The Movie of the Year 2009

Earlier in the summer I began an ill-advised attempt at writing haiku over at The Film Talk (what’s the verb for composing a haiku?  Haikuing?  Haiku-tecturing? Haiku-grammising?) in response to some of the films that have intrigued me this year.  The experiment was abruptly ended by an outbreak of good taste, but as we roll into the fourth quarter of 2009, in anticipation of the awards season ‘quality’ epidemic that’s sure to colonise our screens over the next few months, I thought I’d return to reflecting on how intriguing a year this has been at the movies.

As the last three months of the year traditionally see the release of Oscar-bait, our vision of the best films of 2009 will inevitably be somewhat skewed toward films that haven’t been released yet.  I’ve mentioned before that Roger Ebert may have made the most sensible suggestion for renewing the Academy Awards in a fashion that would both help films released earlier in the year not to be forgotten, and allow audiences to expect decent movies from January to September.  In that spirit, let’s have a thought experiment: I’m going to attempt having two ‘best lists’ for this year; starting with this last week of the month, I’m going to post my treatment for the film of the year – a quixotic notional endeavour, in which the bits that made me feel happiest to be a film lover are cut together in a genre-bending masterpiece that exists only in my head, because that’s the only place it can exist – you will have your own choices, and I’d love to hear about them here on the site – so please share your own imaginings in the comments section.

We’ll break it down into sections – today I’ve written about the premises that I enjoyed the most; I’ll post again on Wednesday with thoughts on the best intros and moments; Friday will see the best endings and even closing credit sequences (trust me, there are a few) that I’ve seen.

And I promise to return to all of this when the year is done; some of these films will be forgotten in year-end lists, and part of the reason I’m writing this as a reminder to myself. Please forgive the indulgence if you’re not interested; but if you are, I’d love to have a conversation in the comments, starting today with your thoughts on the best premises and/or opening sequences you’ve seen this year.

THE BEST PREMISES OF 2009

Old guy saves the world through non-violence; gives a kid a car.

Gran Torino

Middle-aged guy saves world through old movies; gives a guy a scar.

Inglourious

Old guy gets his world back by letting go of a balloon-powered house.

Up

Depressed guy falls in love with both Gwyneth Paltrow and Vinessa Shaw; they love him back.  Kind of.

Two Lovers

Depressed artist lives with an incredibly beautiful woman in Argentina but can’t write; learns to love his brother. Tetro

Old guy friends try to heal their boredom by failing to have sex with each other but film the foreplay and end up figuring out what happens when a generation is raised on boredom.

Humpday

Old guy talks about the pictures he took; one of which ended the War in Vietnam.

An unlikely weapon

Old guy runs Italy into the ground.

Il Divo

Old guy and young guy drive around in a taxi.

goodbye solo

Guy lives on the moon.

Moon Sam Rockwell

Old guy saves dolphins from amphibocide.

The Cove

Middle-to-older aged guys play loud music; get big in Japan.anvil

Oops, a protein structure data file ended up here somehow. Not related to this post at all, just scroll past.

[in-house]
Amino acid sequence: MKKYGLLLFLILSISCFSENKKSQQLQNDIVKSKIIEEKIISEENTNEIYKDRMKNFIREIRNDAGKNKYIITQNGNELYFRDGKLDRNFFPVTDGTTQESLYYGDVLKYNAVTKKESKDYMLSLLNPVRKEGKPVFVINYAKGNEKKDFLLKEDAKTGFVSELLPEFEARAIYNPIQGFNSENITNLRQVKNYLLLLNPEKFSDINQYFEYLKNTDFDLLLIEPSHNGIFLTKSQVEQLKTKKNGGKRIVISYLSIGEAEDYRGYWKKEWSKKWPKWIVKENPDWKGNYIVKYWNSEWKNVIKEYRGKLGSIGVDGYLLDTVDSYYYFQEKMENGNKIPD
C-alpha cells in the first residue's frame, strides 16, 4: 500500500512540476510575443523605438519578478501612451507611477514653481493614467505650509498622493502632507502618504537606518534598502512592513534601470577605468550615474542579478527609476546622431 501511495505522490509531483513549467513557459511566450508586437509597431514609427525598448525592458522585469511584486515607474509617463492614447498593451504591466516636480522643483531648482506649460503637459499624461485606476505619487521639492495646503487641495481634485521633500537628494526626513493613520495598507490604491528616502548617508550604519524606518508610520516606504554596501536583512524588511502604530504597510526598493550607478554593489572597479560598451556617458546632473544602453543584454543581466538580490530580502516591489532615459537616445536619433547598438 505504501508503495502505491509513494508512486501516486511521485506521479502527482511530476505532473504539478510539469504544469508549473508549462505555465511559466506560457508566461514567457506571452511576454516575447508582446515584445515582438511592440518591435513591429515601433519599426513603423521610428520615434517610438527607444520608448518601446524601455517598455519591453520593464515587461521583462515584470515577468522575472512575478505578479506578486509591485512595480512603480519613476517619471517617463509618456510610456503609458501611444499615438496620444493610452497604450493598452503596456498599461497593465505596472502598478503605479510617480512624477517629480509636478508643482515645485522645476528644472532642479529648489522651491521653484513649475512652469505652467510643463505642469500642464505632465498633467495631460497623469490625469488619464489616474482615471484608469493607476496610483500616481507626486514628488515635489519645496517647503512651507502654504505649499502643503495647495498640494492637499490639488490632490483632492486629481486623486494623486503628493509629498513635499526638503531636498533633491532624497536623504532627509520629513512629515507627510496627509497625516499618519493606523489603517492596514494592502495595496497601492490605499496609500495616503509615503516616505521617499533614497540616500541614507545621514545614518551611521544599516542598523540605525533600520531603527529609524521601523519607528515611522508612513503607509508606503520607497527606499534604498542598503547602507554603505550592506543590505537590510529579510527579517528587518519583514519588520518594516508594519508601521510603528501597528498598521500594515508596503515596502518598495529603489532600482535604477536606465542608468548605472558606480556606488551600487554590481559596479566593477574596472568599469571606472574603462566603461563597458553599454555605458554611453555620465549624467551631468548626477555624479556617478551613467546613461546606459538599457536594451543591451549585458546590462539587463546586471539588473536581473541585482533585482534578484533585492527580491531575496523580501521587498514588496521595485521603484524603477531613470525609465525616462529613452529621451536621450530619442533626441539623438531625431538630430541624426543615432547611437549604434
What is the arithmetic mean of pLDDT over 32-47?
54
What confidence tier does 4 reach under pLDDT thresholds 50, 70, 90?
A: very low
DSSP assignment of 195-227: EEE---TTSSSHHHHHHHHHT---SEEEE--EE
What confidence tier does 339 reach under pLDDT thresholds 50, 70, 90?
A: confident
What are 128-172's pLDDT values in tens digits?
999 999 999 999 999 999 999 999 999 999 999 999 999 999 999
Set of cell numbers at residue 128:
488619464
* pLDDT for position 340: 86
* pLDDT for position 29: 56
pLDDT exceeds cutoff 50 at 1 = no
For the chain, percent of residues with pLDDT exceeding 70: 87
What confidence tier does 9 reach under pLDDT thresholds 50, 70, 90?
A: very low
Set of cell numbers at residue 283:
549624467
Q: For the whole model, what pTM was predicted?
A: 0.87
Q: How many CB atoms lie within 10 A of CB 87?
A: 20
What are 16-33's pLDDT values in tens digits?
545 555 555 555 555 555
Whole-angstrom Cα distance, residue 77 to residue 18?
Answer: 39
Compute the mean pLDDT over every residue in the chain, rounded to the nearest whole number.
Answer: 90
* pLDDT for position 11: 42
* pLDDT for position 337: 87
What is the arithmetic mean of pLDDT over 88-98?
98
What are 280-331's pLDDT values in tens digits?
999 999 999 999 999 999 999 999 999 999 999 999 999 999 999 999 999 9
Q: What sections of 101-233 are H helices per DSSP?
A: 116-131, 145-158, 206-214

Young guy enjoys bomb disposal; can’t choose between cereals.

Hurt Locker

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4 responses to “The Movie of the Year 2009

  1. Your selection depresses me as it further exemplifies the fact that films are overwhelmingly about men and their experience of the world, or “guys” as you put it. Shame there is such slow slow progress in the area of gender equality, both in Hollywood and outside of the mainstream.

  2. garethihiggins

    You’re absolutely right – though I’d add the following caveats:

    1: I haven’t seen ‘Seraphine’, ‘Bright Star’ or ‘The September Issue’, all of which are currently screening near me – and all of which have strong female protagonists.

    2: The ‘guys’ in my premises list are not all portrayed as likeable.

    3: I’ll say something about ‘Sita Sings the Blues’ ‘Mary and Max’, and ‘(500) Days of Summer (all of which would be unthinkable without their female protagonists) in my ‘endings’ post later in the week.

    4: I should have mentioned that both ‘The Hurt Locker’ and ‘Humpday’ are directed by women, and are exceptionally insightful about men.

    I hope therefore that my selection can be seen as reflecting rather than endorsing the chauvinism in the industry.

  3. I’ll have to check out those others you mentioned. And I wasn’t intending to say you were endorsing it as I know that wouldn’t be your intention. I am just a little disconcerted at the reality your list reflects. I’m sure it would be madness to blog about Roman Polanski given the masses of very angry blogs already out there but I can’t help but make a connection with the overwhelming sexism in the film world and the disgusting defence of a man who raped a child and then skipped the country when it seemed his plea bargain was going to backfire. When there are names on a ‘Free Polanski’ petition like Almodovar, Wenders, Scorsese, Lynch…it makes you question their approach to their female characters and what they would have to offer women through their art.

  4. garethihiggins

    This is a hugely important question; I’ve been thinking about what I want to say about Polanksi and haven’t figured out a way to write about it yet. But I’ll attempt a post later on.